that party when 1 see mat it coun
tenances and connives at these frauds
hich strike at the very vitals of the
Government? Loud applause. j
Fellow-citizens, I desire to say a
few words upon the questions which
fundamentally divide the two parties.
Questions not of to-day, but of all
time, divide us. I saw the other day
for theie is nothing incredible or
impossible that d'es not get into
the newsoaners a sueirestion that I
would probably be the best Demo
cratic candidate to run against t.en.
Grant for President. I thought that
about the most absurd thing I ever
heard or read ; for though Ueneral
Grant is not a Democrat, he was one
once. I never was at any time of my
life; and if the Democratic party wire
called upon to aeciue between trant
and myself, I know that their regard
ior what they must call principle
would induce cine-tenths of them to
vote against me. "Why? I am a de
cided enemy of that party, even in its
most respectable aspects.
With regard to those principles
which commend it to the good will
of some men whose good will is wor
thy of respect ; if, for instance, there
be anything which characterizes and
distinguishes that party to-day from
the Republican party, radically, fun
damentally, it is tbe idea that gov
ernments should be restricted to the
narrowest possible sphere.
I presume there are Democrats
present. If so tbey will agree with
me that if there is anything which is
a vital and indispensable principle of
. , ... :.. ......
tne uemocraiic party il is mis, mat
Governments ought to be restricted
to the narrowest sphere in which
tbey can move ; that when they have
to tbe best of their ability kept any
evil disposed person from robbing my
house, or cutting my throat, the Gov
ernment has performed all the duty
it owes me, and has done all the work
in which it can wisely and profitably
be employed. I think any Democrat
will agree with me that if there be
one principle among the shifting
phases of political contention which
distinguishes the Democratic pany,
it is this, of restricting the National
Government iu the most rigid man
ner to the duties which no man can
deny belong to it." So with the State
Government; regarding it always
with jealousy, limiting its powers,
fettering its operations, keeping it
within the sphere where its duty shall
be to protect individual rights against
violence and overthrow. Now I dis
sent from that. I am net a believer
in that idea of Government, On the
contrary I believe that Government
has other functions, beneficent, cher
ishinir, fruitful, besides that of merely
protecting my person against spolia
tion. I hold this, indeed, to be among
its most sacred duties, but I insist
that there are other duties which it
may and should perform and which,
failing to perform, it goes entirely be
yond its legitimate duties.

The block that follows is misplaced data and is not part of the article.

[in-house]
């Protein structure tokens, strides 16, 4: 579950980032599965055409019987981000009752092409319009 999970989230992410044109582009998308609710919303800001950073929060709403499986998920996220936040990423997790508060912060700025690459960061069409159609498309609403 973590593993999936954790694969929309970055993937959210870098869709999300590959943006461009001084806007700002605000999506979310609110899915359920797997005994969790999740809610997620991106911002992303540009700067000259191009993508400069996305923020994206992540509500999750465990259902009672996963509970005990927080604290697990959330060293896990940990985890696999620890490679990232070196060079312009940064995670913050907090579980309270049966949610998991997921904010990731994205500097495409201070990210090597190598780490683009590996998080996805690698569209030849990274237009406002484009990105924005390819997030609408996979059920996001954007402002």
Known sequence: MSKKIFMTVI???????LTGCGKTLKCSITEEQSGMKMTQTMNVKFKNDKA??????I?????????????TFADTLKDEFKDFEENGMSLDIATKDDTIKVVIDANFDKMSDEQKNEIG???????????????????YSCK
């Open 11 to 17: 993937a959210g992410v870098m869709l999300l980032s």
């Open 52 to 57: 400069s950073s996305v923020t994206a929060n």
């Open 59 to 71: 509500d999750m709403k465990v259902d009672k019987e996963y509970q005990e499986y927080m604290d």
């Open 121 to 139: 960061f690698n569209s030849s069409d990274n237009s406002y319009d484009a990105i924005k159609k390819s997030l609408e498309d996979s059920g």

Take, for instance, that great work
which made the city of New York
the commercial emporium of the New
World, the New York and Erie Canal.
If the Democratic principles are right
that canal should never have been
constructed, or, at least, not till in
dividuals put out their own money
and constructed it at a venture with
their own means and at their own
risk. If tbat had been the case it
might have beeu delayed for a bun
dreil years. And the sceptre would
long ago have passed from New York
and Baltimore or Philadelphia would
have been the emporium of the New
World. New York is purely such by
means of the Fie Canal. Had not
that work been constructed she would
have remained as she was, inferior to
Philadelphia in population and wealth
and inferior to Baltimore in her op
portunities of reaching the people of
this mighty valley of the Mississippi
and tbe Ohio.
I say, then, that if the fundamen
tal Democratic principles ate true,
New York has no right to be the
treat city of this continent, and the
State no light to be the Empire State.
They were made such bv a deliberaU
defiance of tbat cardinal principle
which, more than any other, makes
the Democratic party respectable. I
do not believe iu that principle. I be
lieve that the Government has duties
toward me, and toward every good
citizen. It is just as clear to me as
that to which Democracy ould rou
tine it.
I believe that the man who sets up
near my door a gambling house, and
there entices in my sons, if I bad
sons living, and corrupts them with
liquor and all manner of sensual
allurements, and makes them black
legs and debawshe, wars upon my
rights just as much as though he lay
under my window prepared tc shoot
me if I came out ; and that the duty
of the Government is to piotect me
against his conuptionsand iniquities
as much as against the burglar and
assassin. In other words, I believe
that the Government has a wide
range of benefioent activities which
are denied and rejected by the Demo
cratic party ; and I insist that it shall
fulfill its obligations to its people in a
more generous and less niggardly
spirit than the Democrats would have
I could never be a Democrat, so
long as the Democratic party holds to
this fundamental idea. So lonir as it
Insists that your Federal Government
shall have the narrowest pnrsible
scope of power, and your city irovern
meuts shall be forbidden to do any
thing more than just to keep one
man's hand out of another man's
pocket, ami one man's pistol from,
another man's head, I could never be
a Democrat. Democracy in power
must always war against the best in
terests and dearest rights of a free
people like ourselves. It may be that
despotic governments should be
watched, and fettered, and kept with
in the narrowest bounds ; but a repre
sentative republican government is
simply the people acting in a collec
tive capacity for the promotion of
ends desired, or required by the gen
eral well-being. That is my idea of
Republican Government, I should
have been an earnest and zealous sup